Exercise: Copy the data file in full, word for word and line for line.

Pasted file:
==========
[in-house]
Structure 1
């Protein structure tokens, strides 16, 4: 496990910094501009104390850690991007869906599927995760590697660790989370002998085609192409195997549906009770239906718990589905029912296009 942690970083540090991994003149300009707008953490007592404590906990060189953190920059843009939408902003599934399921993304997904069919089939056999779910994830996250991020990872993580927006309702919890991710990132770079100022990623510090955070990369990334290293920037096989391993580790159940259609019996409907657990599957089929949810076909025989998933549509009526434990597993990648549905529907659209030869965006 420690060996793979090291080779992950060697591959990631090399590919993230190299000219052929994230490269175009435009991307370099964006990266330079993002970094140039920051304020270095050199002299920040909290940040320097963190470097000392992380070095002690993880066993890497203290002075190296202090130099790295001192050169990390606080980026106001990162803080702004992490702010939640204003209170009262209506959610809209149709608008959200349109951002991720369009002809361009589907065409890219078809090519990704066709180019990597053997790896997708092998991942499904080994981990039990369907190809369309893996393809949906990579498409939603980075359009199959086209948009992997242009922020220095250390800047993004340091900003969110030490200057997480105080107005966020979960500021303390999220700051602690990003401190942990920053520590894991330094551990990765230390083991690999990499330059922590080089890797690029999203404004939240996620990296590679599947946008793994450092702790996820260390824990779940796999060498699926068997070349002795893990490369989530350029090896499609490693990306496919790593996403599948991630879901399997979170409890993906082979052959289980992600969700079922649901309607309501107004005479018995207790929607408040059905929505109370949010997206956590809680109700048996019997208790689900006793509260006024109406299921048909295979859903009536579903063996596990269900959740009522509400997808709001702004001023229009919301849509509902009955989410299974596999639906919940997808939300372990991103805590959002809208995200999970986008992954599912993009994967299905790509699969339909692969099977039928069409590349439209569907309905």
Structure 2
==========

[in-house]
Structure 1
């Protein structure tokens, strides 16, 4: 496990910094501009104390850690991007869906599927995760590697660790989370002998085609192409195997549906009770239906718990589905029912296009 942690970083540090991994003149300009707008953490007592404590906990060189953190920059843009939408902003599934399921993304997904069919089939056999779910994830996250991020990872993580927006309702919890991710990132770079100022990623510090955070990369990334290293920037096989391993580790159940259609019996409907657990599957089929949810076909025989998933549509009526434990597993990648549905529907659209030869965006 420690060996793979090291080779992950060697591959990631090399590919993230190299000219052929994230490269175009435009991307370099964006990266330079993002970094140039920051304020270095050199002299920040909290940040320097963190470097000392992380070095002690993880066993890497203290002075190296202090130099790295001192050169990390606080980026106001990162803080702004992490702010939640204003209170009262209506959610809209149709608008959200349109951002991720369009002809361009589907065409890219078809090519990704066709180019990597053997790896997708092998991942499904080994981990039990369907190809369309893996393809949906990579498409939603980075359009199959086209948009992997242009922020220095250390800047993004340091900003969110030490200057997480105080107005966020979960500021303390999220700051602690990003401190942990920053520590894991330094551990990765230390083991690999990499330059922590080089890797690029999203404004939240996620990296590679599947946008793994450092702790996820260390824990779940796999060498699926068997070349002795893990490369989530350029090896499609490693990306496919790593996403599948991630879901399997979170409890993906082979052959289980992600969700079922649901309607309501107004005479018995207790929607408040059905929505109370949010997206956590809680109700048996019997208790689900006793509260006024109406299921048909295979859903009536579903063996596990269900959740009522509400997808709001702004001023229009919301849509509902009955989410299974596999639906919940997808939300372990991103805590959002809208995200999970986008992954599912993009994967299905790509699969339909692969099977039928069409590349439209569907309905």
Structure 2